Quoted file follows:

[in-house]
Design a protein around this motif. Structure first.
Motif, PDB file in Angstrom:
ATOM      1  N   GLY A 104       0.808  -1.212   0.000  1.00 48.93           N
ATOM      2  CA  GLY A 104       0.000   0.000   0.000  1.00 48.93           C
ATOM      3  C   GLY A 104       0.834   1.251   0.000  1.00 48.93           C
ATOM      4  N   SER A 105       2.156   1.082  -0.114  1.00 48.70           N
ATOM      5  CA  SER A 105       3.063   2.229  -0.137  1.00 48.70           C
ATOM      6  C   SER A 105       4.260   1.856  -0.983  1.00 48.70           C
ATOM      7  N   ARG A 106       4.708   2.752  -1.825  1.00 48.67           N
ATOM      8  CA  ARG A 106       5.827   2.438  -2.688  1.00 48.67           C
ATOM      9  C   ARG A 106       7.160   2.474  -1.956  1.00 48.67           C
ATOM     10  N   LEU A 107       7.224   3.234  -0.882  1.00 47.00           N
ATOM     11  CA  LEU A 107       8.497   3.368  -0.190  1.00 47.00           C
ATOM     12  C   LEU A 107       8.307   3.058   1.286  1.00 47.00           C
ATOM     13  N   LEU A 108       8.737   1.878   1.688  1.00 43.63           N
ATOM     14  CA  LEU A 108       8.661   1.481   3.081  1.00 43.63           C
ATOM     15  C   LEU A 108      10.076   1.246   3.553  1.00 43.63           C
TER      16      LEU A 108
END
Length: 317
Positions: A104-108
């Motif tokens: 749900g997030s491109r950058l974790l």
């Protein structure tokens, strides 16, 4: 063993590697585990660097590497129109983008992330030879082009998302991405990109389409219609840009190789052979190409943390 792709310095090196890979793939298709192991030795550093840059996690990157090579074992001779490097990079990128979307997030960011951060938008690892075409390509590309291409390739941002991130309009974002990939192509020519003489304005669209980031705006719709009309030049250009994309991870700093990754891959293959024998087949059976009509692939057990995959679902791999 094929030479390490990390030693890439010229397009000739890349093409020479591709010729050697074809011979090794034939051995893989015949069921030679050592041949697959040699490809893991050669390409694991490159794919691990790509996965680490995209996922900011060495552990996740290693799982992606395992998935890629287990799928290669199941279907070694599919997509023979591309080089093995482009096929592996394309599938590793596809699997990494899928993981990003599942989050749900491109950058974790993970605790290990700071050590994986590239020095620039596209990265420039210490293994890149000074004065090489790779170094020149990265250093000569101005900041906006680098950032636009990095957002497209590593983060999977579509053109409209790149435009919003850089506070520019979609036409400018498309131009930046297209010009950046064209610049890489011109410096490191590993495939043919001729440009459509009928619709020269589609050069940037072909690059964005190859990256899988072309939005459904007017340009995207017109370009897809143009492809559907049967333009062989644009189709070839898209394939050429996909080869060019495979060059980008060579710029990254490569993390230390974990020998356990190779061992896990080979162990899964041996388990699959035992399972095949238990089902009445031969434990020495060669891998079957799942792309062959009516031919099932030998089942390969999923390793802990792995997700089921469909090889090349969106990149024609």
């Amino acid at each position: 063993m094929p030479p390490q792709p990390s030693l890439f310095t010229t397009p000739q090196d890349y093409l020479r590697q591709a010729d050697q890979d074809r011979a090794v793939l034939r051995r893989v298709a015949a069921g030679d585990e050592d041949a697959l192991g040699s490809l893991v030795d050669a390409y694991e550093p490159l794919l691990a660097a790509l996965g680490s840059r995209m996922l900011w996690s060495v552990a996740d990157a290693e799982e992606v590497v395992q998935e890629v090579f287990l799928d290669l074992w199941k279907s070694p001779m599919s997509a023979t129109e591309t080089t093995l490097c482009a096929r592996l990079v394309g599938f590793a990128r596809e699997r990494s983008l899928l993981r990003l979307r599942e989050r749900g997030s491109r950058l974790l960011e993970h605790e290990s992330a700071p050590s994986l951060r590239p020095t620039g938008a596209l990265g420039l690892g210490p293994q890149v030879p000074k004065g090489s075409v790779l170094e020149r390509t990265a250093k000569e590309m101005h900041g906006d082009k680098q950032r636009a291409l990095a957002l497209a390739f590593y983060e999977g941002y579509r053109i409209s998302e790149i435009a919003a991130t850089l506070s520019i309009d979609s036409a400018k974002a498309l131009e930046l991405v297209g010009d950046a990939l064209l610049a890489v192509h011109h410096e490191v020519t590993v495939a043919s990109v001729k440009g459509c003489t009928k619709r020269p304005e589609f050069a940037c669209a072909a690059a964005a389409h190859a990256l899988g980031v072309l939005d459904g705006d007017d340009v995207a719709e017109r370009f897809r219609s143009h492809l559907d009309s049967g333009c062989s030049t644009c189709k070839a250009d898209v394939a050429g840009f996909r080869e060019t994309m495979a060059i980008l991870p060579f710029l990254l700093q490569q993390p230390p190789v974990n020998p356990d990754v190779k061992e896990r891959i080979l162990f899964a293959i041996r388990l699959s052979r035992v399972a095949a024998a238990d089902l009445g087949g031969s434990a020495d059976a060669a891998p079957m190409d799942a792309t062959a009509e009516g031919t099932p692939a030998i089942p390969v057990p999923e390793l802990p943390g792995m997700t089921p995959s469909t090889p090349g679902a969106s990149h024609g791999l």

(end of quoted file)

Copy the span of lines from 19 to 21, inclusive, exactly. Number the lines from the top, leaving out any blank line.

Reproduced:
TER      16      LEU A 108
END
Length: 317